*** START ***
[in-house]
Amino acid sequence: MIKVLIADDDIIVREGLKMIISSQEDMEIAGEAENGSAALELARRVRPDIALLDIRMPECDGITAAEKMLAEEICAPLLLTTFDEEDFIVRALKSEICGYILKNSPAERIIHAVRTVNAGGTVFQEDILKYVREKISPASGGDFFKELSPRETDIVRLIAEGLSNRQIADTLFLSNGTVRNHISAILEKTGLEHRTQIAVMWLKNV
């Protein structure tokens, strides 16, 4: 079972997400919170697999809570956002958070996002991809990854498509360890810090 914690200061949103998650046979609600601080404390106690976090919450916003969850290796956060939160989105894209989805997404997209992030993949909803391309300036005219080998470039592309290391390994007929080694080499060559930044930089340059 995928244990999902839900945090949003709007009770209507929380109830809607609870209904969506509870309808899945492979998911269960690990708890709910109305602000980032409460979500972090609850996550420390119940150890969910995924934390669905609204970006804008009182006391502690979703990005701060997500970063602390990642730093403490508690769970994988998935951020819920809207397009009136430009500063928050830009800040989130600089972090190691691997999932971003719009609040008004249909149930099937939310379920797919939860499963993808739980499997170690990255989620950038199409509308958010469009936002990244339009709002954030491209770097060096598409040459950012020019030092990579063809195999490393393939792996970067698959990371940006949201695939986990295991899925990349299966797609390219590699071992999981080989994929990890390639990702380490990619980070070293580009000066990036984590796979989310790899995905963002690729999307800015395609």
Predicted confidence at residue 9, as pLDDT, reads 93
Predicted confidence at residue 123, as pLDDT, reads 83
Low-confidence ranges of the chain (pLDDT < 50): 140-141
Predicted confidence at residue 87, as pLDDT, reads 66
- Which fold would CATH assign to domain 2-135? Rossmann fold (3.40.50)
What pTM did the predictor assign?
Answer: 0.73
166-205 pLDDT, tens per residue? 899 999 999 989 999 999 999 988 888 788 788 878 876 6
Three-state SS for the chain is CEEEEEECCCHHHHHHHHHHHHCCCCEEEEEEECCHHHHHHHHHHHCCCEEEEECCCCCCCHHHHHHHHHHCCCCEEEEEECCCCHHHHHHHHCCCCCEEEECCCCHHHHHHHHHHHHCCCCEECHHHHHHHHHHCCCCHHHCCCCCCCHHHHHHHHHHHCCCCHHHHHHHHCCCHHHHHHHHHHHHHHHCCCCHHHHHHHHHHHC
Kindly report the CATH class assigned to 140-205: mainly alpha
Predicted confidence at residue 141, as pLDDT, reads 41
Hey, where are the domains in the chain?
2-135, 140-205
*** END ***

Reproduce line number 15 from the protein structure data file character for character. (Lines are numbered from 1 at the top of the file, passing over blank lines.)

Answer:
Hey, where are the domains in the chain?